Owner name: SOLO CUP OPERATING CORPORATION F/K/A SWEETHEART CU
Owner name: SOLO MANUFACTURING LLC, ILLINOIS
Owner name: P.R. SOLO CUP, INC.,ILLINOIS
Owner name: SOLO CUP COMPANY,ILLINOIS
Owner name: SOLO MANUFACTURING LLC,ILLINOIS
Owner name: SF HOLDINGS GROUP, INC.,ILLINOIS
Owner name: LILY-CANADA HOLDING CORPORATION,ILLINOIS
Owner name: SOLO CUP INVESTMENT CORPORATION,ILLINOIS
Aug 3, 2009ASAssignment
Owner name: LILY-CANADA HOLDING CORPORATION, ILLINOIS
Owner name: P.R. SOLO CUP, INC., ILLINOIS
Owner name: SF HOLDINGS GROUP, INC., ILLINOIS
Owner name: SOLO CUP COMPANY, ILLINOIS
Owner name: SOLO CUP INVESTMENT CORPORATION, ILLINOIS
Free format text: INTELLECTUAL PROPERTY SECURITY RELEASE AGREEMENT;ASSIGNOR:BANK OF AMERICA, N.A.;REEL/FRAME:023032/0641
Effective date: 20090702
Owner name: SOLO CUP OPERATING CORPORATION F/K/A SWEETHEART CU
Aug 28, 2007FPExpired due to failure to pay maintenance fee
Effective date: 20070706
Jul 6, 2007LAPSLapse for failure to pay maintenance fees
Jan 24, 2007REMIMaintenance fee reminder mailed
Apr 20, 2006ASAssignment
Owner name: BANK OF AMERICA, N.A., NORTH CAROLINA
Free format text: SECOND LIEN INTELLECTUAL PROPERTY SECURITY AGREEMENT;ASSIGNORS:SOLO CUP COMPANY;SOLO CUP INVESTMENTCORPORATION;SOLO MANAGEMENT COMPANY;AND OTHERS;REEL/FRAME:017492/0618
Effective date: 20060331
Oct 13, 2005ASAssignment
Owner name: SOLO CUP OPERATING CORPORATION, ILLINOIS
Free format text: CHANGE OF NAME;ASSIGNOR:SWEETHEART CUP COMPANY INC.;REEL/FRAME:017115/0752
Effective date: 20050902
Apr 19, 2004ASAssignment
Owner name: BANK OF AMERICA, N.A., NORTH CAROLINA
Free format text: SECURITY INTEREST;ASSIGNORS:SOLO CUP COMPANY;SOLO CUP INVESTMENT CORPORATION;SOLO CUP COMPANY;AND OTHERS;REEL/FRAME:015209/0247
Effective date: 20040227
Owner name: BANK OF AMERICA, N.A. 100 NORTH TRYON STREETCHARLO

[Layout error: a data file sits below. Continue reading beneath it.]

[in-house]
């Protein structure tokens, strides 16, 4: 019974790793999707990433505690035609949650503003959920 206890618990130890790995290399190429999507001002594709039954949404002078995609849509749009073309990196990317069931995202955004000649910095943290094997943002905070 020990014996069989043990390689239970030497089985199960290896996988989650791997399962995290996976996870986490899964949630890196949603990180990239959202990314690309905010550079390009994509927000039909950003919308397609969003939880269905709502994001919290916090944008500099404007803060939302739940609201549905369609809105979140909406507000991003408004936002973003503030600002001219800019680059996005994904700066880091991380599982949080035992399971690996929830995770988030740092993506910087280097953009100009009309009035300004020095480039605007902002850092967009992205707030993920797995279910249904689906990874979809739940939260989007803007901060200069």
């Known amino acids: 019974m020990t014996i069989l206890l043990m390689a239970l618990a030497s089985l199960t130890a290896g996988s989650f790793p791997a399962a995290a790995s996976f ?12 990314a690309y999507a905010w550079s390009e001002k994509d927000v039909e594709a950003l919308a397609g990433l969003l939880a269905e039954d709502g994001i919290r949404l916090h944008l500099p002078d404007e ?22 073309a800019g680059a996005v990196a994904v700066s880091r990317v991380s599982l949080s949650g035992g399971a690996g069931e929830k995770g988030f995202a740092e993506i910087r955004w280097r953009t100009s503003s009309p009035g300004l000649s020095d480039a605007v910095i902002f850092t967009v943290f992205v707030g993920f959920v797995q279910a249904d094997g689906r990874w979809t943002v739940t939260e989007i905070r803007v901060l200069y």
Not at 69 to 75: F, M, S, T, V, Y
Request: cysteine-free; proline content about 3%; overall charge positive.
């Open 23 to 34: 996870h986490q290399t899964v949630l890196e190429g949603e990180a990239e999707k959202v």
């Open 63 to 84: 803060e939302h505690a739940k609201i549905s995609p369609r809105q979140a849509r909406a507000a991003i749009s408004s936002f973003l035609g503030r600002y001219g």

Free format text: SECURITY INTEREST;ASSIGNORS:SOLO CUP COMPANY /AR;REEL/FRAME:015209/0247
Mar 24, 2004ASAssignment
Owner name: SWEETHEART CUP COMPANY, INC., MARYLAND
Free format text: RELEASE OF LIEN;ASSIGNOR:BANK OF AMERICA, N.A., AS SCUCCESSOR IN INTEREST TO BANK AMERICAN BUSINESSCREDIT, INC., AS AGENT;REEL/FRAME:014455/0526
Effective date: 20040323
Owner name: SWEETHEART CUP COMPANY, INC. 10100 REISTERSTOWN RO
Free format text: RELEASE OF LIEN;ASSIGNOR:BANK OF AMERICA, N.A., AS SCUCCESSOR IN INTEREST TO BANK AMERICAN BUSINESSCREDIT, INC., AS AGENT /AR;REEL/FRAME:014455/0526
Mar 22, 2004ASAssignment
Owner name: SWEETHEART CUP COMPANY, INC., MARYLAND
Free format text: NATIONAL BANKING ASSOCIATION;ASSIGNOR:BANK OF AMERICA, N.A., AS SUCCESSOR IN INTEREST TO BANKAMERICA BUSINESS CREDIT, INC., AS AGENT;REEL/FRAME:014446/0421
Effective date: 20040227
Owner name: SWEETHEART CUP COMPANY, INC. 10100 REISTERSTOWN RO
Free format text: NATIONAL BANKING ASSOCIATION;ASSIGNOR:BANK OF AMERICA, N.A., AS SUCCESSOR IN INTEREST TO BANKAMERICA BUSINESS CREDIT, INC., AS AGENT /AR;REEL/FRAME:014446/0421
Mar 19, 2004ASAssignment
Owner name: SWEETHEART CUP COMPANY, INC., MARYLAND
Free format text: RELEASE OF LIEN IN PATENTS;ASSIGNOR:U.S. BANK NATIONAL ASSOCIATION, AS OWNER TRUSTEE, AS SUCCESSOR IN INTEREST TO STATE STREET BANK AND TRUST CO. OF CONNECTICUT, N.A.;REEL/FRAME:014446/0162
Effective date: 20040227
Owner name: SWEETHEART CUP COMPANY, INC. 10100 REISTERSTOWN RO
Free format text: RELEASE OF LIEN IN PATENTS;ASSIGNOR:U.S. BANK NATIONAL ASSOCIATION, AS OWNER TRUSTEE, AS SUCCESSOR IN INTEREST TO STATE STREET BANK AND TRUST CO. OF CONNECTICUT, N.A. /AR;REEL/FRAME:014446/0162
Dec 30, 2002FPAYFee payment
Year of fee payment: 4
Aug 4, 2000ASAssignment
Owner name: STATE STREET BANK AND TRUST CO. OF CT, N.A., CONNE
Free format text: SECURITY INTEREST;ASSIGNOR:SWEETHEART CUP COMPANY, INC.;REEL/FRAME:011007/0096
Effective date: 20000613
Owner name: STATE STREET BANK AND TRUST CO. OF CT, N.A. 225 AS
Jul 6, 2000ASAssignment
Owner name: BANK OF AMERICA, N.A., NEW YORK
Free format text: ASSIGNMENT OF ASSIGNORS INTEREST;ASSIGNOR:SWEETHEART CUP COMPANY, INC.;REEL/FRAME:010984/0545
Effective date: 20000614
Owner name: BANK OF AMERICA, N.A. 40 EAST 52ND STREET NEW YORK
May 6, 1998ASAssignment
Owner name: BANKAMERICA BUSINESS CREDIT, INC., AS AGENT, NEW Y
Free format text: SECURITY AGREEMENT;ASSIGNOR:SWEETHEART CUP COMPANY INC.;REEL/FRAME:009360/0606
Effective date: 19971024
Jan 26, 1998ASAssignment
Owner name: SWEETHEART CUP COMPANY INC., MARYLAND
Free format text: ASSIGNMENT OF ASSIGNORS INTEREST;ASSIGNORS:LEE, UK;WEST, MARK L.;BEALER, KENNETH H.;REEL/FRAME:008917/0509;SIGNING DATES FROM 19970709 TO 19970712
Nov 25, 1997ASAssignment
Owner name: SWEETHEART CUP COMPANY INC., MARYLAND
Free format text: (ASSIGNMENT OF ASSIGNOR S INTEREST) RE-RECORD TO CORRECT THE RECORDATION DATE OF 01-26-98 TO 11-25-97, PREVIOUSLY RECORDED ON REEL 8917, FRAME 0509.;ASSIGNORS:LEE, UK;WEST, MARK L.;BEALER, KENNETH H.;REEL/FRAME:008985/0763;SIGNING DATES FROM 19970709 TO 19970712